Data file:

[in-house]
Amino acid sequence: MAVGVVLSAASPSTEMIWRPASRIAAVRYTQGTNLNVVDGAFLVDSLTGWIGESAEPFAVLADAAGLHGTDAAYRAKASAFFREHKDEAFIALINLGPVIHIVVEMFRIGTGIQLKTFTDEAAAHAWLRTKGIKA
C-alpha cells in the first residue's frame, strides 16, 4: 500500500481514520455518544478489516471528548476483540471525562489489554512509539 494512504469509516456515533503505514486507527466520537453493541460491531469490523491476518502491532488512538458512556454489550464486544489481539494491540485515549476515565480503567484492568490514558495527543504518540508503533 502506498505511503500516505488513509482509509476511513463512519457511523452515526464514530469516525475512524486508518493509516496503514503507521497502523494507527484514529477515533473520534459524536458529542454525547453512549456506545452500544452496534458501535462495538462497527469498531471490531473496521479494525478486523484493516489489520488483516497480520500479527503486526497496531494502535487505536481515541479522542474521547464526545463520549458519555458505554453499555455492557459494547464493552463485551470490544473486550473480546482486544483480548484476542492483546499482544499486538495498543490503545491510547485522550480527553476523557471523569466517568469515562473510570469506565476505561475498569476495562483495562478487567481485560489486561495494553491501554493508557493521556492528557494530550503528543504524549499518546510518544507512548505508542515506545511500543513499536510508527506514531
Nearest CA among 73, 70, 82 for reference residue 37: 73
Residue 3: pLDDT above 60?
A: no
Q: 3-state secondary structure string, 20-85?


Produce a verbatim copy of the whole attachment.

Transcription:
[in-house]
Amino acid sequence: MAVGVVLSAASPSTEMIWRPASRIAAVRYTQGTNLNVVDGAFLVDSLTGWIGESAEPFAVLADAAGLHGTDAAYRAKASAFFREHKDEAFIALINLGPVIHIVVEMFRIGTGIQLKTFTDEAAAHAWLRTKGIKA
C-alpha cells in the first residue's frame, strides 16, 4: 500500500481514520455518544478489516471528548476483540471525562489489554512509539 494512504469509516456515533503505514486507527466520537453493541460491531469490523491476518502491532488512538458512556454489550464486544489481539494491540485515549476515565480503567484492568490514558495527543504518540508503533 502506498505511503500516505488513509482509509476511513463512519457511523452515526464514530469516525475512524486508518493509516496503514503507521497502523494507527484514529477515533473520534459524536458529542454525547453512549456506545452500544452496534458501535462495538462497527469498531471490531473496521479494525478486523484493516489489520488483516497480520500479527503486526497496531494502535487505536481515541479522542474521547464526545463520549458519555458505554453499555455492557459494547464493552463485551470490544473486550473480546482486544483480548484476542492483546499482544499486538495498543490503545491510547485522550480527553476523557471523569466517568469515562473510570469506565476505561475498569476495562483495562478487567481485560489486561495494553491501554493508557493521556492528557494530550503528543504524549499518546510518544507512548505508542515506545511500543513499536510508527506514531
Nearest CA among 73, 70, 82 for reference residue 37: 73
Residue 3: pLDDT above 60?
A: no
Q: 3-state secondary structure string, 20-85?